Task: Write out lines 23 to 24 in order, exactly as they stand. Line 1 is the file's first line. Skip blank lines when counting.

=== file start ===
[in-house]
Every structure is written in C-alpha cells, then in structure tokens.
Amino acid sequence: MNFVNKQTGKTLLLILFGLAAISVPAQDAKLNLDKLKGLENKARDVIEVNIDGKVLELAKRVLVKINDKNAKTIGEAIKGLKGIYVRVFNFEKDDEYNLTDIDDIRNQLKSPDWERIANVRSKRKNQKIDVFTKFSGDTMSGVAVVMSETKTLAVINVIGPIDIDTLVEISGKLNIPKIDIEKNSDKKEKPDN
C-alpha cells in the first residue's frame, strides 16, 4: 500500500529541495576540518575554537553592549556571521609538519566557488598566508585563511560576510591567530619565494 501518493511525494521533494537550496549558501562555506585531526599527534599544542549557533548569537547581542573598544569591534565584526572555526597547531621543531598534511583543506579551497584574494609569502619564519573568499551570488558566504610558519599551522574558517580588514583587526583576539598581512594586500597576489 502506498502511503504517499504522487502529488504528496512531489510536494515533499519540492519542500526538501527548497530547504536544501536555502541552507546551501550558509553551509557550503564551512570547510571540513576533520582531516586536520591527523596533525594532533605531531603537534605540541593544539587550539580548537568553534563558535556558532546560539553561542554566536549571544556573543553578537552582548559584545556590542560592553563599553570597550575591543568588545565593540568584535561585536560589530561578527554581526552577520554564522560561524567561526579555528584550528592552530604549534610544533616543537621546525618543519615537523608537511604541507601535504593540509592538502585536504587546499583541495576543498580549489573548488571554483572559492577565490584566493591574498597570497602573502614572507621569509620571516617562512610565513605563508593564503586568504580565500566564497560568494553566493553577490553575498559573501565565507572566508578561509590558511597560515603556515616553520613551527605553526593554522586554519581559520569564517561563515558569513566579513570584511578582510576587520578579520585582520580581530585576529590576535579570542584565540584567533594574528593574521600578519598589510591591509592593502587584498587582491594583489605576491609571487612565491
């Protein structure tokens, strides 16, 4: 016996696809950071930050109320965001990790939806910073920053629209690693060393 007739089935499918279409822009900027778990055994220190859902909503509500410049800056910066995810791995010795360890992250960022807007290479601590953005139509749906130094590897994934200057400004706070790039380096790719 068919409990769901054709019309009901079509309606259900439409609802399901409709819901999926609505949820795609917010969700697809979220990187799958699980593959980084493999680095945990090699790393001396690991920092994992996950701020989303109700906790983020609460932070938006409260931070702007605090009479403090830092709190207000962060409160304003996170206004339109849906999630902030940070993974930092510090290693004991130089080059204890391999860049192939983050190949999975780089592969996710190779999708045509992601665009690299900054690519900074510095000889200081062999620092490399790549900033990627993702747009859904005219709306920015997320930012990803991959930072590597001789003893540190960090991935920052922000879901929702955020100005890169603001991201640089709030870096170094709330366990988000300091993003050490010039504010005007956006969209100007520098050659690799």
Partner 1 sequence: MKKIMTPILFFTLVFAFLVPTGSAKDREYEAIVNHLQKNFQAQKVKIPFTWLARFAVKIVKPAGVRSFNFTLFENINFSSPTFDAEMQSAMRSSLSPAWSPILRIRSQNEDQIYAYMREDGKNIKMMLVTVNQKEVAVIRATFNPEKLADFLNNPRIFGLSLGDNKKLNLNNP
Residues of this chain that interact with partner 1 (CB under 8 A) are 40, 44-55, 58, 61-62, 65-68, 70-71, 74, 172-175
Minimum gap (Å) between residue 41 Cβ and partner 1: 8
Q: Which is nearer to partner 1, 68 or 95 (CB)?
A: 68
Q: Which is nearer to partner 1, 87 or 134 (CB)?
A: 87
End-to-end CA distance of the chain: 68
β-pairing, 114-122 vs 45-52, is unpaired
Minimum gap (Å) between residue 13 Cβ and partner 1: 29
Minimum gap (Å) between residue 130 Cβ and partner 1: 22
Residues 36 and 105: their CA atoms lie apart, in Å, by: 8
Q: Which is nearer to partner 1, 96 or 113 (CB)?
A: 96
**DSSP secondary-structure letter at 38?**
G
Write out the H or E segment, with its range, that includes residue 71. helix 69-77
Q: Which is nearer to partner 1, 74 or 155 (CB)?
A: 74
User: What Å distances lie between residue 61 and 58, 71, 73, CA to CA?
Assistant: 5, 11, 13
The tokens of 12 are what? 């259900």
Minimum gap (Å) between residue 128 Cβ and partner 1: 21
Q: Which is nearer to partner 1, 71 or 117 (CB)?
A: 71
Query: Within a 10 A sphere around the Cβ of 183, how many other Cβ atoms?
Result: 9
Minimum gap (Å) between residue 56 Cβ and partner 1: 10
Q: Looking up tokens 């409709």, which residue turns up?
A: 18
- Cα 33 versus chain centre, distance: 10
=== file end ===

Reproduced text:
Q: Which is nearer to partner 1, 74 or 155 (CB)?
A: 74